But what surprises a lot of people — especially people who don’t think of themselves as racist or sexist or classist or whatever — is how much they’ve come to expect those positive-but-bigoted messages. How much they’ve come to believe them. So when you hit them in the face with contradictory facts or logic or, in the case of MedievalPoC, actual visual evidence of just how skewed and inaccurate those beliefs are, those privileged folks have to swallow that not only are they not special, just okay, but they’re also suckers who fell for the racist okeydoke. They’re thinking like racists.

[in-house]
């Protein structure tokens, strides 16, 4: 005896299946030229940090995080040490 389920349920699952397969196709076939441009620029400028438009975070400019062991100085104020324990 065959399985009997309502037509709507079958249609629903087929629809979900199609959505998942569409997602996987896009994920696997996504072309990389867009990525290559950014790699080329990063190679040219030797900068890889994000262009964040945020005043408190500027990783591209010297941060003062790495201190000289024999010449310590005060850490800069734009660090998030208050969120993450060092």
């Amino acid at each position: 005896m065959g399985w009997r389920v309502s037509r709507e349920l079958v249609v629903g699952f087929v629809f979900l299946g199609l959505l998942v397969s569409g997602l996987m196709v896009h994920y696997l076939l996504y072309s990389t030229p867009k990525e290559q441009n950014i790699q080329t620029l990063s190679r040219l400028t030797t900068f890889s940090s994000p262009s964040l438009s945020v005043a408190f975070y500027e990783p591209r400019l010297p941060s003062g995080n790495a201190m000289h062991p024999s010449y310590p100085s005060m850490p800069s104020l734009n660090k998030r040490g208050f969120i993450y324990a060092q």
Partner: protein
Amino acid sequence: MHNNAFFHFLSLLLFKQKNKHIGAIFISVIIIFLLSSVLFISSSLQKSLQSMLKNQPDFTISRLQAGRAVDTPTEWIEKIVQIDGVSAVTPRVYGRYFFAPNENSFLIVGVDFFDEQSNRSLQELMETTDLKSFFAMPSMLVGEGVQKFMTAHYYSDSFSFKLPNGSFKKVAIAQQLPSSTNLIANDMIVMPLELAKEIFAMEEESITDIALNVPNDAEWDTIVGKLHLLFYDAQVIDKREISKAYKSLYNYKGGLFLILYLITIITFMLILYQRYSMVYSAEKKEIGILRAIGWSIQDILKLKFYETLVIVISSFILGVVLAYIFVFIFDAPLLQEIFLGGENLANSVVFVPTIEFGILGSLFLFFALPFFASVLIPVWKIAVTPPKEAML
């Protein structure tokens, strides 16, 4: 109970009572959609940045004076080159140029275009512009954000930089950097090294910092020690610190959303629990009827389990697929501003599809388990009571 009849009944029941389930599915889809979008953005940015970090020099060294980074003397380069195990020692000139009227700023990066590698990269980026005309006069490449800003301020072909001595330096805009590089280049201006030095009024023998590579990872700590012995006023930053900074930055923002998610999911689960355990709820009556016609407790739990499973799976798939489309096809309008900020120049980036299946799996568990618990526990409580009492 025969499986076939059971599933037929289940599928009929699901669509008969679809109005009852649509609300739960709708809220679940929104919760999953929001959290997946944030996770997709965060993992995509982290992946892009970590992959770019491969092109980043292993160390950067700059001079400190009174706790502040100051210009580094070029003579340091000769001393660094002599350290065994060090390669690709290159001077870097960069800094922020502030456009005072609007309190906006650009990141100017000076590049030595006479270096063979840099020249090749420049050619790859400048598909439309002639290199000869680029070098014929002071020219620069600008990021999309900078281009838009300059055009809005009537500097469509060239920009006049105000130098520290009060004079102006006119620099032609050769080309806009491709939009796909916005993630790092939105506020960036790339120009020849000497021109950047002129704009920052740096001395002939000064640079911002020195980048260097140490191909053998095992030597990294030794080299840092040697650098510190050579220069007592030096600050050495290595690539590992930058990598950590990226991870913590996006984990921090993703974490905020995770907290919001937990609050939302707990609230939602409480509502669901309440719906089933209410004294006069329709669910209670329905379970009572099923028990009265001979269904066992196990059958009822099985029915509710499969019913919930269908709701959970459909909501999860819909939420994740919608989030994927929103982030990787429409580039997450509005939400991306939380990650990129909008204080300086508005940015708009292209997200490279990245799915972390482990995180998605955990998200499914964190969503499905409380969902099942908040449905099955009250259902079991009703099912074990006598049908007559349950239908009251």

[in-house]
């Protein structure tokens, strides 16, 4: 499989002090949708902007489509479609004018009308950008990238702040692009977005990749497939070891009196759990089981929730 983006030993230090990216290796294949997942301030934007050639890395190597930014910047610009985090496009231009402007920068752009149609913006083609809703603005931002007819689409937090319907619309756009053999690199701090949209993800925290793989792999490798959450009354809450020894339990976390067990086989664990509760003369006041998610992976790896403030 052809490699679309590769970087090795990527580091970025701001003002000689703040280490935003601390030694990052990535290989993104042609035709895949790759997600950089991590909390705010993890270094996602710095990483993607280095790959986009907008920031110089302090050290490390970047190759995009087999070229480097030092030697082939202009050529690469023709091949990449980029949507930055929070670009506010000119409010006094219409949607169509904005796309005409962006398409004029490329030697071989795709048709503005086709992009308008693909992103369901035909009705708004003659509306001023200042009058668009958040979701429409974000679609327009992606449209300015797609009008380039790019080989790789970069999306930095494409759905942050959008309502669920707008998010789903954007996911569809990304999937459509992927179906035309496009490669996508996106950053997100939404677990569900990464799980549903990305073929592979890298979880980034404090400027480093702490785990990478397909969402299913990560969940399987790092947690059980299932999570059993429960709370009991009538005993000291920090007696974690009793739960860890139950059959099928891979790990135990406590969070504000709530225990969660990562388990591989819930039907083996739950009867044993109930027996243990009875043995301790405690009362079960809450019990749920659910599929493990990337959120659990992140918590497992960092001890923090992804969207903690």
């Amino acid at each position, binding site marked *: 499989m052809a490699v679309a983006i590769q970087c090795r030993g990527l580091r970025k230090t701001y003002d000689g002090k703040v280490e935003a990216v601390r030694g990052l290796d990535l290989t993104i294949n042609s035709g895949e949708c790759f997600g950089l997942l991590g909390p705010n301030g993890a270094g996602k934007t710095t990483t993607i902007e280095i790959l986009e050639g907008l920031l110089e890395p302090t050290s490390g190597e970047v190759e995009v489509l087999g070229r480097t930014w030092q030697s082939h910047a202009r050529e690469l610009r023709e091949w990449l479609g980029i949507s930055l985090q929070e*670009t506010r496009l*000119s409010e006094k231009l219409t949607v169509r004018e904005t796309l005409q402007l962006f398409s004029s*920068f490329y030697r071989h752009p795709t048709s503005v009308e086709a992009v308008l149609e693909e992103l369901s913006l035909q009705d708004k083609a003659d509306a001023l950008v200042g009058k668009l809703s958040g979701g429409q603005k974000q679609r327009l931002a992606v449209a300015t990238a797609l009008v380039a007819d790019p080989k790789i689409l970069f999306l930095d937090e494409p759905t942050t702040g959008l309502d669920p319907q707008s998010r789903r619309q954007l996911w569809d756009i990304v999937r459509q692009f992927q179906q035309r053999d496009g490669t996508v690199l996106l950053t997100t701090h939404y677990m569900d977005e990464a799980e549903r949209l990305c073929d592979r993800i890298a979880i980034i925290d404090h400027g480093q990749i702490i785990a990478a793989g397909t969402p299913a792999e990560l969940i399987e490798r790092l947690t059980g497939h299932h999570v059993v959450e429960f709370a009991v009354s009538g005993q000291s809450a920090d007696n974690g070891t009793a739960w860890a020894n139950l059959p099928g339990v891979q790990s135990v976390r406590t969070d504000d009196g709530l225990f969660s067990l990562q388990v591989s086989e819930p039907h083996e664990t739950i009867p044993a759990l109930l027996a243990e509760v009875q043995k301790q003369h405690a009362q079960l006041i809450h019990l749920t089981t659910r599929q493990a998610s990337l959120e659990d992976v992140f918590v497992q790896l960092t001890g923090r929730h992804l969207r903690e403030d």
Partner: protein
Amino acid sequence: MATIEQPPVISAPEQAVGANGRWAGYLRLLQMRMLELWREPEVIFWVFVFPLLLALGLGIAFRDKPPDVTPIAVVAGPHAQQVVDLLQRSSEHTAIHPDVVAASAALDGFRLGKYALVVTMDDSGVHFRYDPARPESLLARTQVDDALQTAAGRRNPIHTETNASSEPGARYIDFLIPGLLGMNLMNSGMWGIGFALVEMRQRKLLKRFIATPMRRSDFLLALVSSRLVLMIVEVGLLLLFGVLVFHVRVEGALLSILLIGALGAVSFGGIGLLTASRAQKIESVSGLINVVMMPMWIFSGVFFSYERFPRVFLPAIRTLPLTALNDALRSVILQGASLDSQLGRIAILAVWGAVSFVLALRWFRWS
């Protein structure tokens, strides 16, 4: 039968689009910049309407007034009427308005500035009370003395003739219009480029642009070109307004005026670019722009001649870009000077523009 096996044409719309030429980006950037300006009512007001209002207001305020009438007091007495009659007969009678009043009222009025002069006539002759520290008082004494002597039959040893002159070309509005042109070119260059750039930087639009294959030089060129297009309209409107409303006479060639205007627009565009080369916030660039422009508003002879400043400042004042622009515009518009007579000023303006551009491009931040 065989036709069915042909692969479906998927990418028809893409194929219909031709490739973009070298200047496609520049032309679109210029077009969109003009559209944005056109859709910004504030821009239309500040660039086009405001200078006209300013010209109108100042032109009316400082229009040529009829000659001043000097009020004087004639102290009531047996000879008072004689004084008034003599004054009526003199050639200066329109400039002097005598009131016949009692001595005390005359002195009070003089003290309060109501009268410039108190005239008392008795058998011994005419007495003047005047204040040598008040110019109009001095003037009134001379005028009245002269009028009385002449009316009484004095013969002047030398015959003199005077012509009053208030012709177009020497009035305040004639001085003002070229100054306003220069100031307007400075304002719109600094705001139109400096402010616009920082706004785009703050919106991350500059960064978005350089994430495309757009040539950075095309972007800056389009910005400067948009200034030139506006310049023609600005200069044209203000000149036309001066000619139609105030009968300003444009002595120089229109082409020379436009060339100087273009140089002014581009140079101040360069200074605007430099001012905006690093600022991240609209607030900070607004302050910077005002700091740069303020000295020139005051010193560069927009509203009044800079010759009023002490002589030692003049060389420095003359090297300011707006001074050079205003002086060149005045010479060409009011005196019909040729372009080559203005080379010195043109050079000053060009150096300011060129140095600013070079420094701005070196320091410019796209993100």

And since our society tries so hard to position the word “racist” as some sort of inhuman, barely-comprehensible evil — instead of, y’know, the way our society functions — those people who’ve just realized they swallowed a bit of bigotry immediately suffer pangs of cognitive disonnance. They can’t be racist. That would make them an inhuman, incomprehensible evil! DANGER WILL ROBINSON DOES NOT COMPUTE bluescreen 0011010 reboot. What are they to believe, that they’ve turned into inbred hicks wearing white sheets? (Or whatever cartoonish image exists for “racist” in their mind.) Unpossible! So instead they reject the contradictory evidence. They reject it vehemently; they repudiate it, they throw holy water at it, and they toss a Molotov cocktail after that. And then they decide that the person who showed them this contradictory fact must be Evil Incarnate for causing them psychological pain. This person must be stopped. Or at least, intimidated into silence.